The Neanderthal Parallax trilogy, Sawyer's masterwork to date, concludes with Hybrids. Torn between two worlds, geneticist Mary Vaughan and Neanderthal physicist Ponter Boddit struggle to find a way to make their relationship work. At the publisher's request, this title is being sold without Digital Rights Management software (DRM) applied.
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September 14, 2003
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Excerpt from Hybrids by Robert J. Sawyer
"My fellow Americans -- and all other human beings on this version of Earth -- it gives me great pleasure to address you this evening, my first major speech as your new president. I wish to talk about the future of our kind of hominid, of the species known as Homo sapiens: people of wisdom..."
"Mare," said Ponter Boddit, "it is my honor to introduce you to Lonwis Trob."
Mary was used to thinking of Neanderthals as robust--"Squat Schwarzeneggers" was the phrase the Toronto Star had coined, referring to their short stature and massive musculature. So it was quite a shock to behold Lonwis Trob, especially since he was now standing next to Ponter Boddit.
Ponter was a member of what the Neanderthals called "generation 145," meaning he was thirty-eight years old. He stood about five-eight, making him on the tall side for a male of his kind, and he had muscles most bodybuilders would envy.
But Lonwis Trob was one of the very few surviving members of generation 138, and that made him a staggering one hundred and eight years old. He was scrawny, although still broad-shouldered. All Neanderthals had light skin -- they were a northern-adapted people -- but Lonwis's was virtually transparent, as was what little body hair he had. And although his head showed all the standard Neanderthal traits -- low forehead; doubly arched browridge; massive nose; square, chinless jaw -- it was completely devoid of hair. Ponter, by comparison, had lots of blond hair (parted in the center, like most Neanderthals) and a full blond beard.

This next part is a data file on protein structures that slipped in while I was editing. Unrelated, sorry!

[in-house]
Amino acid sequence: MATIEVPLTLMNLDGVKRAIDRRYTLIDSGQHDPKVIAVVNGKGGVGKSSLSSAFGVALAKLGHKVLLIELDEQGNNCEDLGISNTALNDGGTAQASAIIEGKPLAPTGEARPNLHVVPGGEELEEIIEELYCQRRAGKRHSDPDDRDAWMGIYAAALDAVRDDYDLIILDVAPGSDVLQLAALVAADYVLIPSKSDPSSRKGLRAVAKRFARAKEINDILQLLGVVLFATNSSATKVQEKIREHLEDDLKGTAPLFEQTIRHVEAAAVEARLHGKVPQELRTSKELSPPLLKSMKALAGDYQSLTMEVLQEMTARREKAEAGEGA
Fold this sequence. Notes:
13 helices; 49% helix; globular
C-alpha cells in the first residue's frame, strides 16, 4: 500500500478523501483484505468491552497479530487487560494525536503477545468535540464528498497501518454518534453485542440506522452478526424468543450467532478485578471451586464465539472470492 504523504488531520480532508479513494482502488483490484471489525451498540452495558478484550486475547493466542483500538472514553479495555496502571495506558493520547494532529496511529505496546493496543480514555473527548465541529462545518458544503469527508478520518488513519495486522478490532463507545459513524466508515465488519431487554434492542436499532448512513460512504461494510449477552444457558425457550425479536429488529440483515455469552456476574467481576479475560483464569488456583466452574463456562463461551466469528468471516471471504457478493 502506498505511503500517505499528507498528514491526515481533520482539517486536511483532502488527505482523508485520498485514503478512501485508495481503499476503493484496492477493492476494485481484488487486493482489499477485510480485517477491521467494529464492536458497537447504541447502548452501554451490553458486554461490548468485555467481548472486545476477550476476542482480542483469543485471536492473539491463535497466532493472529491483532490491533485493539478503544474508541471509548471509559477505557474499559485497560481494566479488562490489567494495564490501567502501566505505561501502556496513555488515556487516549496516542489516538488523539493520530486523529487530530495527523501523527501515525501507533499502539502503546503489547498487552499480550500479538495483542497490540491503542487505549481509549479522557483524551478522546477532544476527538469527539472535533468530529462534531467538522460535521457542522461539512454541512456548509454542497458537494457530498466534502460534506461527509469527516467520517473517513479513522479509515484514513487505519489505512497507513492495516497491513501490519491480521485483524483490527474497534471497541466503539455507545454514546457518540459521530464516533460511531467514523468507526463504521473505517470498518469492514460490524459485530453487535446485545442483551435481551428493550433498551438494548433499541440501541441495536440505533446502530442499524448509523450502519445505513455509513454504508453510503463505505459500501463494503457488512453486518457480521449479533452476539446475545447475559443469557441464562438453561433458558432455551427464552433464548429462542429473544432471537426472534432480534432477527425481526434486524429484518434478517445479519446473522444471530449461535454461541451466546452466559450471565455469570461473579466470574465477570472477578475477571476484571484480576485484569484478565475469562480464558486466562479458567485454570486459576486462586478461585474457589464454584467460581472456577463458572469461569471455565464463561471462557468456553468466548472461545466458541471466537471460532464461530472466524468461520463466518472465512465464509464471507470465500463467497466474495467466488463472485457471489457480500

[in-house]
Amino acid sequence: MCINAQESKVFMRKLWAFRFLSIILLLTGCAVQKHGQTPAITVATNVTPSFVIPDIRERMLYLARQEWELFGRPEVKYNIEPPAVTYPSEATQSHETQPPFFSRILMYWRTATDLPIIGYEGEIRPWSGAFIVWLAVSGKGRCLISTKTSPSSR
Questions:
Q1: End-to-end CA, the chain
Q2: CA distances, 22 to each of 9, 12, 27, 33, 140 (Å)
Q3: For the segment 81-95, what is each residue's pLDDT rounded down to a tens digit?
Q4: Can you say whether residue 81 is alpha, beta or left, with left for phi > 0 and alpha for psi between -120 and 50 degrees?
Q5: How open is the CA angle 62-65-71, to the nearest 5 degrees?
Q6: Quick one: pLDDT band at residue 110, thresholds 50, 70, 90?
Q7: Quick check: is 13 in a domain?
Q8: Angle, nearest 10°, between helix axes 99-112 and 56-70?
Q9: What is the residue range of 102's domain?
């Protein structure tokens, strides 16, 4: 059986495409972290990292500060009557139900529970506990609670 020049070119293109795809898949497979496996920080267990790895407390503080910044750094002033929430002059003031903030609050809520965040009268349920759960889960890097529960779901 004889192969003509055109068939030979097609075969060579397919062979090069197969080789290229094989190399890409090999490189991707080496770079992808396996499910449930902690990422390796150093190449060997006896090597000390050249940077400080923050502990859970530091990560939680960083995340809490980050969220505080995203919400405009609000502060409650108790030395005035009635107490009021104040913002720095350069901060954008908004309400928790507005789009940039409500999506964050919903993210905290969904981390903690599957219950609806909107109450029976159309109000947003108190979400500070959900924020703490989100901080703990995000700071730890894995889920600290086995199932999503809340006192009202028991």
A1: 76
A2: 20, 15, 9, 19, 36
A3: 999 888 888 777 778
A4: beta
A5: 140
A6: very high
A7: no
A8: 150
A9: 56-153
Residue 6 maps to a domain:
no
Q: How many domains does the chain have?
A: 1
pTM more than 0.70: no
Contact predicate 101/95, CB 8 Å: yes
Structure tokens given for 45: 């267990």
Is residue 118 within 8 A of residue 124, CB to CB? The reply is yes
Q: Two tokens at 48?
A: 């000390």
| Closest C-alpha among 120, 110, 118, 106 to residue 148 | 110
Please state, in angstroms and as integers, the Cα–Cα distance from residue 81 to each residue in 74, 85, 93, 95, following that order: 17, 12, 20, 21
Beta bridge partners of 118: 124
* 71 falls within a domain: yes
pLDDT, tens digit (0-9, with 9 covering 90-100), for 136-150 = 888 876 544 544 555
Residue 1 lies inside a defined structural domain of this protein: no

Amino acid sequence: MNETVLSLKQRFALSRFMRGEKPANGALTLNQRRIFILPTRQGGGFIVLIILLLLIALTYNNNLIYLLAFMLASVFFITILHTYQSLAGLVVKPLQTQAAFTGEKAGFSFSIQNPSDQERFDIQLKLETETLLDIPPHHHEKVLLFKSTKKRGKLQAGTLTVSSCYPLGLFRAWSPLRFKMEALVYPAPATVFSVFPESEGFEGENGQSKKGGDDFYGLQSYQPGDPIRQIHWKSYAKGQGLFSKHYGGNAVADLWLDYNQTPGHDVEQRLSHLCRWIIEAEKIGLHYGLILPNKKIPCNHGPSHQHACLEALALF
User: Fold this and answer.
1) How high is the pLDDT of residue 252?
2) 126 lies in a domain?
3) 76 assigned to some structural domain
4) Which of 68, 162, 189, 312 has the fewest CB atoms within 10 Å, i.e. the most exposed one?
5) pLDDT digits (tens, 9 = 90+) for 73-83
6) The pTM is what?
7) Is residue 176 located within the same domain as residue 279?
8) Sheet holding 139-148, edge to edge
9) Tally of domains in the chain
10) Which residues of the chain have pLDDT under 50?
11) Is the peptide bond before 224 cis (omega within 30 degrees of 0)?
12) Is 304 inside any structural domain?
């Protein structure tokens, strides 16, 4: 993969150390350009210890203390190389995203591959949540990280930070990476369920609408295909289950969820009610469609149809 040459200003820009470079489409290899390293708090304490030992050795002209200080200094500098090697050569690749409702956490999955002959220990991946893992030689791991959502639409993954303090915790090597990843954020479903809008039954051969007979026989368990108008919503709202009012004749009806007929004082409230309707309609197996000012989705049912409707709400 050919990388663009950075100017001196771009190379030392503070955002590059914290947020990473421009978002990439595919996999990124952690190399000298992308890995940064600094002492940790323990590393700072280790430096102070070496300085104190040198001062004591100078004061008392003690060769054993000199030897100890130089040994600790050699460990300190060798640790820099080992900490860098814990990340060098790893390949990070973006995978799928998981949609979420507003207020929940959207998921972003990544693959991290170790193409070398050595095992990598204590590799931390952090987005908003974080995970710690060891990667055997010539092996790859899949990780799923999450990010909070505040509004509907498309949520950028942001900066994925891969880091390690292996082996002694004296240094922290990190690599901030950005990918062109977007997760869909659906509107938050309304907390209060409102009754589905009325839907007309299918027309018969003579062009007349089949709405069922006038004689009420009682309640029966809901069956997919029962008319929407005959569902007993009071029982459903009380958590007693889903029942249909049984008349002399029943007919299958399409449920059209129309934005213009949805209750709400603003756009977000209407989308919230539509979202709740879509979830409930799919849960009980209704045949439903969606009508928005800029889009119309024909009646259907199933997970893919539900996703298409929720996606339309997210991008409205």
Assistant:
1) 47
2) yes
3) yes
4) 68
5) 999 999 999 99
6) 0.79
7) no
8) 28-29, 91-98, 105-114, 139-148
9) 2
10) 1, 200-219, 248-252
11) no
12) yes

Still, the eyes were the most arresting features of the two Neanderthals now facing Mary Vaughan. Ponter's irises were golden; Mary had found she could stare into them endlessly. And Lonwis's irises were segmented, mechanical: his eyeballs were polished spheres of blue metal, with a blue-green glow emanating from behind the central lenses.
"Healthy day, Scholar Trob," said Mary. She didn't take his hand; that wasn't a Neanderthal custom. "It's an honor to meet you."
"No doubt it is," said Lonwis. Of course, he was speaking in the Neanderthal tongue -- there was only one, so the language had no name -- but his Companion implant was translating what he said, pumping synthesized English words out of its external speaker.
And what a Companion it was! Mary knew that Lonwis Trob had invented this technology when he was a young man, back in the year Mary's people had known as 1923. In honor of all that the Companions had done for the Neanderthals, Lonwis had been presented with one that had a solid-gold faceplate. It was installed on the inside of his left forearm; there were few Neanderthal southpaws. In contrast, Ponter's Companion, named Hak, had a plain steel faceplate; it looked positively chintzy in comparison.
"Mare is a geneticist," said Ponter. "She is the one who proved during my first visit to this version of Earth that I was genetically what they call a Neanderthal." He reached over and took Mary's small hand in his own, massive, shortfingered one. "More than that, though, she is the woman I love. We intend to bond shortly."
Lonwis's mechanical eyes fell on Mary, their expression impossible to read. Mary found herself turning to look out the window of her office, here on the second floor of the old mansion that housed Synergy Group headquarters in Rochester, New York. The gray bulk of Lake Ontario spread to the horizon. "Well," said Lonwis, or at least that was how his gold Companion translated the sharp syllable he uttered. But then his tone lightened and his gaze shifted to Ponter. "And I thought I was doing a lot for cross-cultural contact."